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Don Burleson: "Busting the Oracle Myth Busters"


September 15, 2004
Mark Rittman

If you followed the recent colourful debates on tuning using ratios vs. tuning using extended trace, sizing the buffer cache, calibrating the cost-based optimizer, and rebuilding indexes, read Cary Millsap's book on Optimizing Oracle Performance, Niall Litchfield's Five Great Oracle Myths presentation, you'll be interested to know that Don Burleson has just published an interesting article for DBAZine entitled "Busting the Oracle Myth Busters", in which he looks at what he considers to be the new myths of Oracle performance tuning:

The first one addresses tuning using the data buffer hit ratio:

"New myth - Ratio-based Oracle tuning is meaningless

Some Oracle professionals point out that the DBHR can be manipulated at will (by running queries with high consistent gets), and falsely conclude that because the DBHR can be changed at will, the data buffer hit ratio is a meaningless metric!

Detractors of ratio-based tuning correctly point out that databases that seldom reread data blocks (like a large data warehouse) and database systems with 30 gig data buffers that approach full-block caching will get little benefit from DBHR monitoring and tuning.

However, most OLTP systems and systems in which the working set of frequently-referenced data are not cached will greatly benefit from ratio-based tuning. Oracle Corporation recognizes that monitoring SGA usage ratios and adjusting the size of the SGA regions can have a dramatic impact on system performance, and this is the foundation of Oracle10g Automatic Memory Management (AMM) in which Oracle calculates the point of diminishing marginal return from adding data buffers"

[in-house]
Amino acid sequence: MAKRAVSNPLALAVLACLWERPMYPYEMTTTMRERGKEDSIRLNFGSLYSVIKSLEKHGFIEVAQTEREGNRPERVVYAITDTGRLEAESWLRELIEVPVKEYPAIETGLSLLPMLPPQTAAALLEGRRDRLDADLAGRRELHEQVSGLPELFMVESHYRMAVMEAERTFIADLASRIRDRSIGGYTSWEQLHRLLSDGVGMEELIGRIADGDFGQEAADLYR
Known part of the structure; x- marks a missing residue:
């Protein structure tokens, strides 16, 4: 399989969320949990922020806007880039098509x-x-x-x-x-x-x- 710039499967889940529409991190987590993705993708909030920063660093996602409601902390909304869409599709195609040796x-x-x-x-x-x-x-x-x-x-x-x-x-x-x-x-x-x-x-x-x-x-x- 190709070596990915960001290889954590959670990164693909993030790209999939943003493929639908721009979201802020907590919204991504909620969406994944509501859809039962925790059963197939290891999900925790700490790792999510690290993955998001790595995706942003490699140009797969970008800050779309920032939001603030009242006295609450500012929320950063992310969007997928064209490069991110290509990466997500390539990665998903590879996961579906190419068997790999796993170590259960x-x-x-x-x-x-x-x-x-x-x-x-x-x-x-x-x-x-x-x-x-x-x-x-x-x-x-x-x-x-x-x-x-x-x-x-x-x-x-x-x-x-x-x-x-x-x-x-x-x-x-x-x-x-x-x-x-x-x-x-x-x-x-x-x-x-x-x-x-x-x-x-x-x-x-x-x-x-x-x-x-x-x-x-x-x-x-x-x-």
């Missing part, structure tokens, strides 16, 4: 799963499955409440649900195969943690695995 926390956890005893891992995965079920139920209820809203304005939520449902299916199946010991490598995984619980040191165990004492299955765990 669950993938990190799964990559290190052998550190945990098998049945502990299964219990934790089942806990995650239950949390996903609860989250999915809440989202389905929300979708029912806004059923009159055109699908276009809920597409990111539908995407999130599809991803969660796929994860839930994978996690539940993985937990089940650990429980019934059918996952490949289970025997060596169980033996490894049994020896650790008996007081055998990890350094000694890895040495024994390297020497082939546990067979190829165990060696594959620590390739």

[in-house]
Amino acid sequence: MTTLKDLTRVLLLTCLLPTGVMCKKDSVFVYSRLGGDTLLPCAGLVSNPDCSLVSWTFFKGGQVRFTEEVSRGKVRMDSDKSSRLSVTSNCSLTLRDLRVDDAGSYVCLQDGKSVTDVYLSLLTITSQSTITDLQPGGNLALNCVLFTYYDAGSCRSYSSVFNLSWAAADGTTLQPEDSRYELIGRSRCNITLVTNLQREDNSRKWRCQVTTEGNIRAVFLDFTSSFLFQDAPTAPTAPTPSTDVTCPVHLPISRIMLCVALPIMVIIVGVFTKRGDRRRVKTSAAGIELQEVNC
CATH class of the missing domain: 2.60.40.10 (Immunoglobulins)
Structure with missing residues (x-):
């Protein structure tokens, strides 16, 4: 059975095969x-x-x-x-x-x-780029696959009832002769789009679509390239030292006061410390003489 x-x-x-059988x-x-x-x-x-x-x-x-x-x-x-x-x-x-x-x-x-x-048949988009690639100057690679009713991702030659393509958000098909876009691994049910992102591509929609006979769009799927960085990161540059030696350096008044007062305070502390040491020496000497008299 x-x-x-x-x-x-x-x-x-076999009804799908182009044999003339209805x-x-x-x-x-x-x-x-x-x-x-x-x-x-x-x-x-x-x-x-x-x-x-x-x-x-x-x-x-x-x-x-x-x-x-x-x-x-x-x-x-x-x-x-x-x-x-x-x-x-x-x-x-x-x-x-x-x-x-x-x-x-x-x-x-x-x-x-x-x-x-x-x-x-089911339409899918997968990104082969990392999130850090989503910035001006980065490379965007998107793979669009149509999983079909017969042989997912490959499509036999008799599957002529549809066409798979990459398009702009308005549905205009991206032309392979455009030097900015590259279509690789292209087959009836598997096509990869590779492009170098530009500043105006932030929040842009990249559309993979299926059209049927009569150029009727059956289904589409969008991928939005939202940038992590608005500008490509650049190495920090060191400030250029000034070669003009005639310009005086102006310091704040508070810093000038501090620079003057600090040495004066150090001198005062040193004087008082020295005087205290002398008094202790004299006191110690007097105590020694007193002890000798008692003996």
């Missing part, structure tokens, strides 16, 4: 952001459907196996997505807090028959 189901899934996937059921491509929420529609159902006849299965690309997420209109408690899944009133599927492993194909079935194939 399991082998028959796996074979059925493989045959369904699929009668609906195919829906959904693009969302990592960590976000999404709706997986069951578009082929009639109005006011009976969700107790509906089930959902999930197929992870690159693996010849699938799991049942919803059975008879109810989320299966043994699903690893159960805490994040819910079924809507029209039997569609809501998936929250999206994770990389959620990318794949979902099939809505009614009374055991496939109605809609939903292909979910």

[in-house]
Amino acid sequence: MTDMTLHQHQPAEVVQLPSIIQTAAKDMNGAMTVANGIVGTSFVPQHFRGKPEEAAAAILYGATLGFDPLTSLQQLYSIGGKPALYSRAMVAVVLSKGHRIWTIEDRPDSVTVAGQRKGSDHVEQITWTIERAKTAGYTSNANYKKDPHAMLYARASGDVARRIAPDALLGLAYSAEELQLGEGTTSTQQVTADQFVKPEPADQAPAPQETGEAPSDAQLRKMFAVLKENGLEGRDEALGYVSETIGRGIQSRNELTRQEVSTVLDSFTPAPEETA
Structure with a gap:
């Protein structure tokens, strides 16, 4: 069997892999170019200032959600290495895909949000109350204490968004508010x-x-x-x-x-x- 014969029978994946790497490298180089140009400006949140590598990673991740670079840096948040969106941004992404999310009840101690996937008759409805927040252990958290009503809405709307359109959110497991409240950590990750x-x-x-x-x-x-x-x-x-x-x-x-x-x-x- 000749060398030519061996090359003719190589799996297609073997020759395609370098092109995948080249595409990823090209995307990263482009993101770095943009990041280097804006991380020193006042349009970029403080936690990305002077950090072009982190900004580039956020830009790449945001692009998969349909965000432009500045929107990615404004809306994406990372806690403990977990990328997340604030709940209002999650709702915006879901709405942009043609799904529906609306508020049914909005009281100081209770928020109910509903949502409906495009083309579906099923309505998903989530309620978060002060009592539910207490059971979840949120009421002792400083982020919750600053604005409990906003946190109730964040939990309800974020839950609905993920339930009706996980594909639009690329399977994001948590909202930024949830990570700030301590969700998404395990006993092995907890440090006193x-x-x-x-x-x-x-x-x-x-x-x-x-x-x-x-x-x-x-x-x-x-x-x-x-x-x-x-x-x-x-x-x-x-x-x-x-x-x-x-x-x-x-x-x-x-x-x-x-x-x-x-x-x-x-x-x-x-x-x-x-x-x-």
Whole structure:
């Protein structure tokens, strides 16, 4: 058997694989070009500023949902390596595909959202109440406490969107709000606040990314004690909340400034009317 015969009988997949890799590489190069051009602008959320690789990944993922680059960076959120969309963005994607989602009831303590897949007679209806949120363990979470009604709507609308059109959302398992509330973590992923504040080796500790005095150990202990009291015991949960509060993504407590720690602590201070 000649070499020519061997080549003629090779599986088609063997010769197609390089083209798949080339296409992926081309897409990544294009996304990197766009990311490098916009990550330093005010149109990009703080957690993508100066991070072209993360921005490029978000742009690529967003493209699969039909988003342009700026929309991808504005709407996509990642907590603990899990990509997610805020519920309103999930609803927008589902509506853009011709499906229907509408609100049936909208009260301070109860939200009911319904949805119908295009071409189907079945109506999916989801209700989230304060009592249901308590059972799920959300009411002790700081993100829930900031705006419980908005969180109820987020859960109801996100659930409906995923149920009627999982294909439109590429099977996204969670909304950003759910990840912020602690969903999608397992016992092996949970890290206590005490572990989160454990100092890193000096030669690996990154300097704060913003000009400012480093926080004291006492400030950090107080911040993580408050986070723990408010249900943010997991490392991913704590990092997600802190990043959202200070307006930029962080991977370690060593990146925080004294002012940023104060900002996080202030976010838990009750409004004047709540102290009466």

The next looks at whether performance benefits from regular index rebuilds:

"New Oracle Myth: Index rebuilding requires careful analysis

Many Oracle professionals have attacked the practice of rebuilding Oracle indexes on a regularly-scheduled basis, correctly noting that the space reclamation and index performance does not always significantly change when an index is rebuilt. This has lead to the incorrect assertion that Oracle indexes are always optimized and never required rebuilding. Others attempt to create a set of index characteristics that accurately determine when an index will benefit from rebuilding.

In reality, many Oracle databases experience a huge benefit from periodic index rebuilding. Oracle recognized this benefit of index rebuilding when the Oracle9i online index rebuild feature made it possible to rebuild an Oracle index while the index is being updated (using the alter index xxx move online tablespace yyy; syntax).."

and the last looks at application tuning using extended SQL trace.

"New Oracle Myth: Wait Event Analysis is the best way to tune Oracle

During the late 1990s, a small movement arose among Oracle professionals who advocated the analysis of 10046 trace dumps to locate Oracle performance problems. The Oracle details dumps are created with the ďalter session set events '10046 trace name context forever, level 8'; command ad generate a huge dump which reveals all Oracle wait events for a session.

Now, donít get me wrong; I have been reading dumps since the 1970s, and I still remember how to use my slide rule and my old-fashioned E6B flight computer from my pilot flight school days. To this day, I try to get Oracle to publish their DSECTs, and I love to roll-around a three-foot thick, 80 lb. core dump on a dolly to impress visitors.

However, some of the wait-event tuning zealots wrongly forsake other Oracle performance methods. I once witnessed a wait event tuning expert spend hours analyzing a dump, only to discover high physical write latency due to a RAID5 disk subsystem. A quick look at a STATSPACK report would have revealed this issue in just a few minutes..."

All interesting stuff, and the full article can be read here.


 

   
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